Thursday, 16 September 2010
Serpentina Satelite – Mecanica Celeste
I wrote up the previous release from Peruvian space rockers Serpentina Satelite, Nothing To Say, a couple of years back in the pages of R2/Rock N Reel magazine and very much liked hearing "high-octane riffs, a splattering of the obligatory Radiophonic Workshop electronics and some portentous intoned mantras" in a "frenetically busy work that never lets up on the acceleration pedal... instantaneous, rough around the edges space rock that could never sound the same way twice." They released that CD on Germany's Trip In Time label, a follow up to an independently released EP, Long Play; now they've moved on to Rocket Recordings for what I'd described as a massive leap forward in Mecanica Celeste.
They're still the masters of the extended, improvisational, movements for, with the exception of the two-minute 'Imaginez Quel Bonheur Ce Sera De Voir Nos Chers, Disparus Ressuscites' which itself probably takes longer to figure out how to say than it runs for on the album, everything here is five, eight, ten, eleven minute tracks that take their starting points and their inspirations from traditional religious music and expand that through their own traditional mind-dissolving riffs. Certainly the opening track, 'Fobos', has a lot of the more free-form element of Hawkwind to it, and the title track itself could well be Hawkwind circa Electric Tepee if you compare it to something like Alan Davey's 'LSD' number, but the use of religious themes (such as the intoning on what we'll now for simplicity's sake simply call 'the two minute track') breaks the heavier rhythms in a quite fascinating manner and really adds both something ancient and something mythic and mystical to this record.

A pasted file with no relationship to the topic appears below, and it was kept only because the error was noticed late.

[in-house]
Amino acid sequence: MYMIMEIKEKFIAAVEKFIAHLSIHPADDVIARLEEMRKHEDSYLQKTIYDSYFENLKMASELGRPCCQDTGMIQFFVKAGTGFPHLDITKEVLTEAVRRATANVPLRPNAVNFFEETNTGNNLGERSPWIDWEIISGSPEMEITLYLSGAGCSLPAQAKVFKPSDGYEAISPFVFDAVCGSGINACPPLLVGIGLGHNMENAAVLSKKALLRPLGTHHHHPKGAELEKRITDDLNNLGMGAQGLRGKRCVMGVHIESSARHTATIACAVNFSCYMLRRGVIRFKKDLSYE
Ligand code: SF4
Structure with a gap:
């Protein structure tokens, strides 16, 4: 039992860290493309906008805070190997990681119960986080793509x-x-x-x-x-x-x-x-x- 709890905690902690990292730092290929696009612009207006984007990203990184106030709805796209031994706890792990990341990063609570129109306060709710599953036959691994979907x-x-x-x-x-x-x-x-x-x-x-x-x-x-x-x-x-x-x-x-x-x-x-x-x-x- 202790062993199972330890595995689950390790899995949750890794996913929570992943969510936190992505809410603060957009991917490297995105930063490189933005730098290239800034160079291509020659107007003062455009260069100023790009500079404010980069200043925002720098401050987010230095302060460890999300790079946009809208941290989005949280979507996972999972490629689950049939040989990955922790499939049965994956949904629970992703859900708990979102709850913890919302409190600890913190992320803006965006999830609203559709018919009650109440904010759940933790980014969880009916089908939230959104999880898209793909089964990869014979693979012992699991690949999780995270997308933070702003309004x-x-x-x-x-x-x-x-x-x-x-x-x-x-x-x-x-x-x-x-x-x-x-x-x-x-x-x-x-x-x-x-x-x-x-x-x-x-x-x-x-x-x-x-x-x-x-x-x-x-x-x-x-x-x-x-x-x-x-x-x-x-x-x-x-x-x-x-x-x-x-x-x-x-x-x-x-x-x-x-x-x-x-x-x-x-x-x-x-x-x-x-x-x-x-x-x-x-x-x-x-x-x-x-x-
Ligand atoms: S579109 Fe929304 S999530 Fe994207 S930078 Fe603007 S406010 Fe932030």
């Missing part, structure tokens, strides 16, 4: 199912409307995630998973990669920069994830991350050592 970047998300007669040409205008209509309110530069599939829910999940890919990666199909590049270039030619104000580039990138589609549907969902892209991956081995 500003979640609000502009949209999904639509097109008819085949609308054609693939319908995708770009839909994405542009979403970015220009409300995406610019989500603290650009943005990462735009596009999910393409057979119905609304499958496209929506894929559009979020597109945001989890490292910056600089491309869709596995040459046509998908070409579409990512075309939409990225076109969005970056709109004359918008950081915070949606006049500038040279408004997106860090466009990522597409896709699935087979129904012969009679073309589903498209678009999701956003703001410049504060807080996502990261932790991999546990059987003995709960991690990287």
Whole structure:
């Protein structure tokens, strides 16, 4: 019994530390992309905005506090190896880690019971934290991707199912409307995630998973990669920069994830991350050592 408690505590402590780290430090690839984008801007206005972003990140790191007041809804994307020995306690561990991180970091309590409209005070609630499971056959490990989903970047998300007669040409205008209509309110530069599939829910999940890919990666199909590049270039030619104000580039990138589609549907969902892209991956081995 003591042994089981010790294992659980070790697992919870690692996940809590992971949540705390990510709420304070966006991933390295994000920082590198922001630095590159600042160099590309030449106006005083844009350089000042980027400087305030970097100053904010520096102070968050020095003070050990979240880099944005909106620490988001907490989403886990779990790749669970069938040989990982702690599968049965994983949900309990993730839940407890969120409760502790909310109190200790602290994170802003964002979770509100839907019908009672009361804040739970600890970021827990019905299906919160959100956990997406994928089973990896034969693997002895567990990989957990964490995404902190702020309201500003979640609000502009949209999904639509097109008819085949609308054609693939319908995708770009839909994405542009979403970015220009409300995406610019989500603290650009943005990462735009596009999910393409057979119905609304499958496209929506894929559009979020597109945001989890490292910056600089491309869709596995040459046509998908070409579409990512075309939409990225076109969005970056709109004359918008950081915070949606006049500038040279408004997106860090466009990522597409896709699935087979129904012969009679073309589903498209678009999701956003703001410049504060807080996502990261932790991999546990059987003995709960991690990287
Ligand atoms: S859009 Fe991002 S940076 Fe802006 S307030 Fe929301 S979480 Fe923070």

'Ai Apaec' to my ears seems to echo the image that I have of the band working away in Lima's cloudy heights hammering out their particular brand of psychedelic grooves, all fuzz and swirls with some fabulous Dave Brock-style guitar sounds. 'Sendero' has an oppressive militaristic drumming with the guitars marching in unison with the beat, really powerful and driving stuff that purposefully builds into a massive crescendo of pounding sounds and yet it breaks down into High Church 'hallelujahs' that really echo through old stone walls and vast Cathedral spaces adding a beautiful resonance to what has been delivered before.
Amazon, I notice, are listing a vinyl version of this album and have it for download – I don't see them listing a CD – so I'll link here to these releases but this is another great album for those looking for a fix of Hawkwind-style improvisational space rock. Apparently the October edition of Rock Sound has an interview with the band and a track on their covermount – one to watch out for.